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Max De Marzi, is a seasoned web developer. He started building websites in 1996 and has worked with Ruby on Rails since 2006. The web forced Max to wear many hats and master a wide range of technologies. He can be a system admin, database developer, graphic designer, back-end engineer and data scientist in the course of one afternoon. Max is a graph database enthusiast. He built the Neography Ruby Gem, a rest api wrapper to the Neo4j Graph Database. He is addicted to learning new things, loves a challenge and finding pragmatic solutions. Max is very easy to work with, focuses under pressure and has the patience of a rock. Max is a DZone MVB and is not an employee of DZone and has posted 60 posts at DZone. You can read more from them at their website. View Full User Profile

Facebook Graph Search with Cypher and Neo4j

01.28.2013
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Facebook Graph Search has given the Graph Database community a simpler way to explain what it is we do and why it matters. I wanted to drive the point home by building a proof of concept of how you could do this with Neo4j. However, I don’t have six months or much experience with NLP (natural language processing). What I do have is Cypher. Cypher is Neo4j’s graph language and it makes it easy to express what we are looking for in the graph. I needed a way to take “natural language” and create Cypher from it. This was going to be a problem.

Some people, when confronted with a problem, think “I know, I’ll use regular expressions.” Now they have two problems.

It’s an old programmer joke, but that is what came to mind. Some kind of fuzzy regular expressions. In the IPhone world, we usually hear people say “There’s an App for that”. In Ruby world, we go with “there’s a Gem for that”… so I asked google for some help and came upon Semr.

Semr is the gateway drug framework to supporting natural language processing in your application. It’s goal is to follow the 80/20 rule where 80% of what you want to express in a DSL is possible in familiar way to how developers normally solve solutions. (Note: There are other more flexible solutions but also come with a higher learing curve, i.e. like treetop)

Awesome, a ray of light to solve my problem… but the Gem is 4 years old. I could not get it to install. Bummer… Wait what was that about Treetop?

Treetop is a language for describing languages. Combining the elegance of Ruby with cutting-edge parsing expression grammars, it helps you analyze syntax with revolutionary ease.

Score! Now I had no idea how to write a proper language grammar, but that’s never stopped anyone before. Someone who has more than a couple hours of experience with Treetop is going to laugh at this but I’ll show you part of what I did:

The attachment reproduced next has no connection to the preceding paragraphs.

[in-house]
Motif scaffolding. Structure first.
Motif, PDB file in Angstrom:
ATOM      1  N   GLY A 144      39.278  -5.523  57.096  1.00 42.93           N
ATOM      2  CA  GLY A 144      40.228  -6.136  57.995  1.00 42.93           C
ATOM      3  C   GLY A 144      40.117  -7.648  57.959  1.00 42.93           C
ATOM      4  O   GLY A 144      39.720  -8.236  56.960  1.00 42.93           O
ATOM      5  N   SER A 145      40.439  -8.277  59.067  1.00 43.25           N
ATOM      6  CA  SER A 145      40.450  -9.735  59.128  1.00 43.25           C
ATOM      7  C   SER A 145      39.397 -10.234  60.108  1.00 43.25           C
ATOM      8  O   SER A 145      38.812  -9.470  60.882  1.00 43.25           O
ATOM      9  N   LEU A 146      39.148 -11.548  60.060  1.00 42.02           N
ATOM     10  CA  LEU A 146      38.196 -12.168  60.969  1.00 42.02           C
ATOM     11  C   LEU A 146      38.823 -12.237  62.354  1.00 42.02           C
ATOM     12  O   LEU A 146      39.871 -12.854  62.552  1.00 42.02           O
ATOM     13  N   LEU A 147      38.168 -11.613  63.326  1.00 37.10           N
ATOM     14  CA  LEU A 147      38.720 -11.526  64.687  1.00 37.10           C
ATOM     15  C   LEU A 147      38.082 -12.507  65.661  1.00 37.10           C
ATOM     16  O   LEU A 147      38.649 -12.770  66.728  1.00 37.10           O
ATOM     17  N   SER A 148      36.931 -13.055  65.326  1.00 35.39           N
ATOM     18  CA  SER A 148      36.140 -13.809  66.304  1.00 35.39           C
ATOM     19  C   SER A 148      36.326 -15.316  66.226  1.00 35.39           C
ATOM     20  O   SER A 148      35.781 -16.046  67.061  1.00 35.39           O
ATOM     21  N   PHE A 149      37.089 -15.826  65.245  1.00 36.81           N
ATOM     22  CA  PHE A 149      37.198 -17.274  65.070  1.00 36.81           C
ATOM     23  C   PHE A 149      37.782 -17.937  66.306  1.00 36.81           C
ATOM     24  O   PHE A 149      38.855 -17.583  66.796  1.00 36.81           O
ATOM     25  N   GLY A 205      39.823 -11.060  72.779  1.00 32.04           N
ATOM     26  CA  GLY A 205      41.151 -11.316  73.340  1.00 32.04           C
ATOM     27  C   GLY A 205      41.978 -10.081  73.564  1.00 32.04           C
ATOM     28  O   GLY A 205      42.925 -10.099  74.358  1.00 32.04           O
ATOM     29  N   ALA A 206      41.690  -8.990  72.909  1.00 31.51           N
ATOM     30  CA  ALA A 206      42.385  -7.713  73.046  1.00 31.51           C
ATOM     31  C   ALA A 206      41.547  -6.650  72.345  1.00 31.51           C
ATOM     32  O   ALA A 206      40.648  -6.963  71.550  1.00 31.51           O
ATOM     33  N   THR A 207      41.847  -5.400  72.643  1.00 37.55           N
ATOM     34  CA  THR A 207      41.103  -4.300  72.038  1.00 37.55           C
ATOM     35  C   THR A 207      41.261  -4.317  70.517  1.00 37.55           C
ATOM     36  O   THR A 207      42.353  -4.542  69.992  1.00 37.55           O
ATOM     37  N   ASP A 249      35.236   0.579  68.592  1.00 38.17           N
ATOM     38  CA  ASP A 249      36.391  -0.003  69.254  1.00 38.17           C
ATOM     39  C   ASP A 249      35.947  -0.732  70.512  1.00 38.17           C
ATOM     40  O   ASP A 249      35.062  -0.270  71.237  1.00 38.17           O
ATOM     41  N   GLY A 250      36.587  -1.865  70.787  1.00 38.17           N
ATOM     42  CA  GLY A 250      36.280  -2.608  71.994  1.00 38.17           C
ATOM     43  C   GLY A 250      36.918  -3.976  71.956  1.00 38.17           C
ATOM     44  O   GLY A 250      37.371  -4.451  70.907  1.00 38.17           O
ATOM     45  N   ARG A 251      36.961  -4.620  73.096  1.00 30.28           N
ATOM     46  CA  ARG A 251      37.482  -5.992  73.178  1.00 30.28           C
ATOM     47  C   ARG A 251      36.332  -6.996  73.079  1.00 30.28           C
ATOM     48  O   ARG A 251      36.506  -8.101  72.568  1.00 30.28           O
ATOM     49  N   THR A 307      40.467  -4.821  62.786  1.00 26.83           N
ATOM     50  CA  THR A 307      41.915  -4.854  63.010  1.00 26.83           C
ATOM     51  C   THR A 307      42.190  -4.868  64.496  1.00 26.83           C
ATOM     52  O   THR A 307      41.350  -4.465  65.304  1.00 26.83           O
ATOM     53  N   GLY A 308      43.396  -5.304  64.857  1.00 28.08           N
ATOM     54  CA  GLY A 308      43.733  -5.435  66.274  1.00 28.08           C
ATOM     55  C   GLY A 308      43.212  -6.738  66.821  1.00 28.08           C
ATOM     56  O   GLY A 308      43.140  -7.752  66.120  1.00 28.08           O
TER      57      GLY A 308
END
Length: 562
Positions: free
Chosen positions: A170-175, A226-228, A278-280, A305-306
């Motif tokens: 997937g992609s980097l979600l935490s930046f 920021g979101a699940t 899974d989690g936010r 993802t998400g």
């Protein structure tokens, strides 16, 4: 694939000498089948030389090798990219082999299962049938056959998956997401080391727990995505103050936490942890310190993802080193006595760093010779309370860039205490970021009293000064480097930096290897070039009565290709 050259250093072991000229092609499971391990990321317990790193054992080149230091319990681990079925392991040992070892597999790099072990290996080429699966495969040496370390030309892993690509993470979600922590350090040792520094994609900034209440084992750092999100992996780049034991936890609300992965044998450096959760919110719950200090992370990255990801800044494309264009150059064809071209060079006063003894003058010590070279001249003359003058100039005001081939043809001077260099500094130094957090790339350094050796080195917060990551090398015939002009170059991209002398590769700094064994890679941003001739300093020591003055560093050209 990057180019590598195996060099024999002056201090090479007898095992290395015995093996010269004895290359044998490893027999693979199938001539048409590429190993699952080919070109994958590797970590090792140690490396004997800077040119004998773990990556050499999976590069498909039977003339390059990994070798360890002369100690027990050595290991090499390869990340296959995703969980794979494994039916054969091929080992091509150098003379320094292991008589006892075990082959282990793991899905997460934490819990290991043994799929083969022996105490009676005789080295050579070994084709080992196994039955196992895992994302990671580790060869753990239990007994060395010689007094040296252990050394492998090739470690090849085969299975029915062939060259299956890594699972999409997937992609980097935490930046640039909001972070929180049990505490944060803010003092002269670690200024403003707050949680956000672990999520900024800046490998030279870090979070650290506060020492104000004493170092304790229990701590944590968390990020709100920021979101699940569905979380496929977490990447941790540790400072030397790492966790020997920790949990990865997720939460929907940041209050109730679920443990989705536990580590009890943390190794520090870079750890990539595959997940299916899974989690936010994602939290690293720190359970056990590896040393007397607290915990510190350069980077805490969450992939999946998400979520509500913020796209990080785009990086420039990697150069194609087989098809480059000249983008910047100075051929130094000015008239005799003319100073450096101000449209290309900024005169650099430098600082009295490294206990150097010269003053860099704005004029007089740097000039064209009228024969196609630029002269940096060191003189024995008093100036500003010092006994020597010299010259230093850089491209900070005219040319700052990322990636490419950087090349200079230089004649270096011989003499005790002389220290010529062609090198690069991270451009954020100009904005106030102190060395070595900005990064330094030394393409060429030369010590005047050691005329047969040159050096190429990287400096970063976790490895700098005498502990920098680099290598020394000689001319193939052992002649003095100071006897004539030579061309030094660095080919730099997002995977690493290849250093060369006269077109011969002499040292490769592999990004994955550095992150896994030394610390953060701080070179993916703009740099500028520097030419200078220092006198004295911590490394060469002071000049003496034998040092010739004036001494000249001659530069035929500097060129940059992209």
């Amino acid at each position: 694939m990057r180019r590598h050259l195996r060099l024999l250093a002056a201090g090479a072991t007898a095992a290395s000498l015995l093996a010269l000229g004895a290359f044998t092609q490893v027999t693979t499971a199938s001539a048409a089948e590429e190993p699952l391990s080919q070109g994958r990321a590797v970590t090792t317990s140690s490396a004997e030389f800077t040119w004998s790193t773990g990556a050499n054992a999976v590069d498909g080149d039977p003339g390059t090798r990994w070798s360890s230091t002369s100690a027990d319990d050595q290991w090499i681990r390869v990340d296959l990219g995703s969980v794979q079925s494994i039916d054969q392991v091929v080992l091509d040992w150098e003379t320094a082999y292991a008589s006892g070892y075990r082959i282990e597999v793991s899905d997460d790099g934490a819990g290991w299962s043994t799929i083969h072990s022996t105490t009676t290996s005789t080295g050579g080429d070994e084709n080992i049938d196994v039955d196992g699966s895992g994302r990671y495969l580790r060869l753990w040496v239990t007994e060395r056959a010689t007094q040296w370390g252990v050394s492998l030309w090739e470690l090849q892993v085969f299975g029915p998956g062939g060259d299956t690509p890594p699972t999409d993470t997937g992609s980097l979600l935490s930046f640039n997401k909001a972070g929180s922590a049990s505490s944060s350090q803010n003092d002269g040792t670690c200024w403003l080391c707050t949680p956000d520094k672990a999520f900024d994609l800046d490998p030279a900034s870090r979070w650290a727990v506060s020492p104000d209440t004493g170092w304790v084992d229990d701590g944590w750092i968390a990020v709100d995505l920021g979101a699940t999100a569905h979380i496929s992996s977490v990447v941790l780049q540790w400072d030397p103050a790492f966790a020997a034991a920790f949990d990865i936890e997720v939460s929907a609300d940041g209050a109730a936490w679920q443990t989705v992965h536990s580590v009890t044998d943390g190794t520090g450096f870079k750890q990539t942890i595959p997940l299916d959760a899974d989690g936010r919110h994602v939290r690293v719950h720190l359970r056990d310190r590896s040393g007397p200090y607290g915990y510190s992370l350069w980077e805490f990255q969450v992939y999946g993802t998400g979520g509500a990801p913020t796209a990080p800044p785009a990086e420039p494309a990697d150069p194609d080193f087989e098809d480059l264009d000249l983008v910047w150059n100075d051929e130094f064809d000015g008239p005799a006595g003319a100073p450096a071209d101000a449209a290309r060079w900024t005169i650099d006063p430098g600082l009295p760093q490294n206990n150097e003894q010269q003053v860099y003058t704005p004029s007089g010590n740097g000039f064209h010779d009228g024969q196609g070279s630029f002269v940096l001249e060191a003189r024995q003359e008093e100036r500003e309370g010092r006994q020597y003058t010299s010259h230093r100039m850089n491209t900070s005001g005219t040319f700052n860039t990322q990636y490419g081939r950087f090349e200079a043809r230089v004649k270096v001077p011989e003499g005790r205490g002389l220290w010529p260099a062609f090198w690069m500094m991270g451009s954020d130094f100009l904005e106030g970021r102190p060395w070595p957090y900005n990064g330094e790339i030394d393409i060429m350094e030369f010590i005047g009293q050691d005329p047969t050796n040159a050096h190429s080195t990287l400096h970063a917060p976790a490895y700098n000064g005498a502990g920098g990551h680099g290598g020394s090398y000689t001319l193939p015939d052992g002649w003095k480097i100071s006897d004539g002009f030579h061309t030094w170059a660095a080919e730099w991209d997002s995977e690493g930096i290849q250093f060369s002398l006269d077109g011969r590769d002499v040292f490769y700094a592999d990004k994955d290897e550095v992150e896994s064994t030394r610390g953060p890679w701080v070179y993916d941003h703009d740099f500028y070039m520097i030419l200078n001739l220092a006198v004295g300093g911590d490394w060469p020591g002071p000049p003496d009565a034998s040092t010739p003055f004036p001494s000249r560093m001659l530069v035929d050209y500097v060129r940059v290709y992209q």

rule friends
  "friends" <Friends>
end

rule likes
  "who like" <Likes>
end

rule likeand
  likes space thing space "and" space thing <LikeAnd>
end

rule thing
  [a-zA-Z0-9]+ <Thing>
end

I am creating some rules for things, and the likes relationship, and also the idea of “likes this and that”.
The “natural language” is run by these rules and a syntax tree is generated with the matching rules. These are then turned into hashes representing pieces of cypher. Looking at the code above and below you can see how “friends who like Neo4j” gets parsed into Friends, Likes, Thing.

class Friends < Treetop::Runtime::SyntaxNode
  def to_cypher
      return {:start  => "me = node({me})", 
              :match  => "me -[:friends]-> people",
              :return => "people",
              :params => {"me" => nil }}
  end 
end

class Likes < Treetop::Runtime::SyntaxNode
  def to_cypher
      return {:match => "people -[:likes]-> thing"}
  end 
end

class Thing < Treetop::Runtime::SyntaxNode
  def to_cypher
      return {:start  => "thing = node:things({thing})",
              :params => {"thing" => "name: " + self.text_value } }
  end 
end

Then these hashes are combined and turned into a proper Cypher string:

class Expression < Treetop::Runtime::SyntaxNode
  def to_cypher
    cypher_hash =  self.elements[0].to_cypher
    cypher_string = ""
    cypher_string << "START "   + cypher_hash[:start].uniq.join(", ")
    cypher_string << " MATCH "  + cypher_hash[:match].uniq.join(", ") unless cypher_hash[:match].empty?
    cypher_string << " RETURN DISTINCT " + cypher_hash[:return].uniq.join(", ")
    params = cypher_hash[:params].empty? ? {} : cypher_hash[:params].uniq.inject {|a,h| a.merge(h)}
    return [cypher_string, params].compact
  end
end

Finally I built a Sinatra web application that imports your data from Facebook and a search page so you can try this out for yourself. As always, the code is available on Github, and hosted on Heroku.

While reproducing a “kinda” Facebook Graph Search is interesting, what would be more interesting is seeing other people use this idea on their own data. If you would like to know more about this proof of concept, contact me or come to the Neo4j Meetups in Virginia (Feb 26th) or in Boston (Feb 28th) or in Chicago (TBD) and somewhere near you.


Published at DZone with permission of Max De Marzi, author and DZone MVB.

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